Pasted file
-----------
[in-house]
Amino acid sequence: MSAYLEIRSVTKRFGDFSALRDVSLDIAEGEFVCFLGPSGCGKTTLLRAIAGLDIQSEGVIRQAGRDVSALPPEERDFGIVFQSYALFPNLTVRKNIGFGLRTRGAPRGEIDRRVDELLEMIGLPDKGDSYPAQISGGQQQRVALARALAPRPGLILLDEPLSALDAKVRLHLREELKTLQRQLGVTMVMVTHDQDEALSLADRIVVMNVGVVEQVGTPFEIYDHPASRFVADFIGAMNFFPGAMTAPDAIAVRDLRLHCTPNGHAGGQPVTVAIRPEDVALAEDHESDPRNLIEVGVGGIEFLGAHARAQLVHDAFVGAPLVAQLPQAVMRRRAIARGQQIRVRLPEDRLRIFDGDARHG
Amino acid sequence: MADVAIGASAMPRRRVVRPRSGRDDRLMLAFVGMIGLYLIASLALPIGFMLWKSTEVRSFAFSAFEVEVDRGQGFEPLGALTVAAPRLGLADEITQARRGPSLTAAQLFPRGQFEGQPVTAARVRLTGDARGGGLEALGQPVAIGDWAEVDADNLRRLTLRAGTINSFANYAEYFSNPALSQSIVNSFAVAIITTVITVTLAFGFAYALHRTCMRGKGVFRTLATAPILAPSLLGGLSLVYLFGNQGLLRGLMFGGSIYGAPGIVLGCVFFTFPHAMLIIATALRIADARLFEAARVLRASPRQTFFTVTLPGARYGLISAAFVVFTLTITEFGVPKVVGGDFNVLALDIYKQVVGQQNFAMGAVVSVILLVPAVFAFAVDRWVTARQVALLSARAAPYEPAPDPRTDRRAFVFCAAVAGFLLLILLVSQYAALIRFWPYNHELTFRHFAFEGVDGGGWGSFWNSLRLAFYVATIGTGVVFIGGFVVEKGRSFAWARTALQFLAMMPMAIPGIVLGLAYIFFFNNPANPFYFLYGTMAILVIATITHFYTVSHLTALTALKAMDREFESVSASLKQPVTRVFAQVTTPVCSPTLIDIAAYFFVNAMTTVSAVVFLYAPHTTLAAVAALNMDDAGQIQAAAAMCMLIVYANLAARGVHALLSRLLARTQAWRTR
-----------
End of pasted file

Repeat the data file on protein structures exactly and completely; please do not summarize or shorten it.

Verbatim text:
[in-house]
Amino acid sequence: MSAYLEIRSVTKRFGDFSALRDVSLDIAEGEFVCFLGPSGCGKTTLLRAIAGLDIQSEGVIRQAGRDVSALPPEERDFGIVFQSYALFPNLTVRKNIGFGLRTRGAPRGEIDRRVDELLEMIGLPDKGDSYPAQISGGQQQRVALARALAPRPGLILLDEPLSALDAKVRLHLREELKTLQRQLGVTMVMVTHDQDEALSLADRIVVMNVGVVEQVGTPFEIYDHPASRFVADFIGAMNFFPGAMTAPDAIAVRDLRLHCTPNGHAGGQPVTVAIRPEDVALAEDHESDPRNLIEVGVGGIEFLGAHARAQLVHDAFVGAPLVAQLPQAVMRRRAIARGQQIRVRLPEDRLRIFDGDARHG
Amino acid sequence: MADVAIGASAMPRRRVVRPRSGRDDRLMLAFVGMIGLYLIASLALPIGFMLWKSTEVRSFAFSAFEVEVDRGQGFEPLGALTVAAPRLGLADEITQARRGPSLTAAQLFPRGQFEGQPVTAARVRLTGDARGGGLEALGQPVAIGDWAEVDADNLRRLTLRAGTINSFANYAEYFSNPALSQSIVNSFAVAIITTVITVTLAFGFAYALHRTCMRGKGVFRTLATAPILAPSLLGGLSLVYLFGNQGLLRGLMFGGSIYGAPGIVLGCVFFTFPHAMLIIATALRIADARLFEAARVLRASPRQTFFTVTLPGARYGLISAAFVVFTLTITEFGVPKVVGGDFNVLALDIYKQVVGQQNFAMGAVVSVILLVPAVFAFAVDRWVTARQVALLSARAAPYEPAPDPRTDRRAFVFCAAVAGFLLLILLVSQYAALIRFWPYNHELTFRHFAFEGVDGGGWGSFWNSLRLAFYVATIGTGVVFIGGFVVEKGRSFAWARTALQFLAMMPMAIPGIVLGLAYIFFFNNPANPFYFLYGTMAILVIATITHFYTVSHLTALTALKAMDREFESVSASLKQPVTRVFAQVTTPVCSPTLIDIAAYFFVNAMTTVSAVVFLYAPHTTLAAVAALNMDDAGQIQAAAAMCMLIVYANLAARGVHALLSRLLARTQAWRTR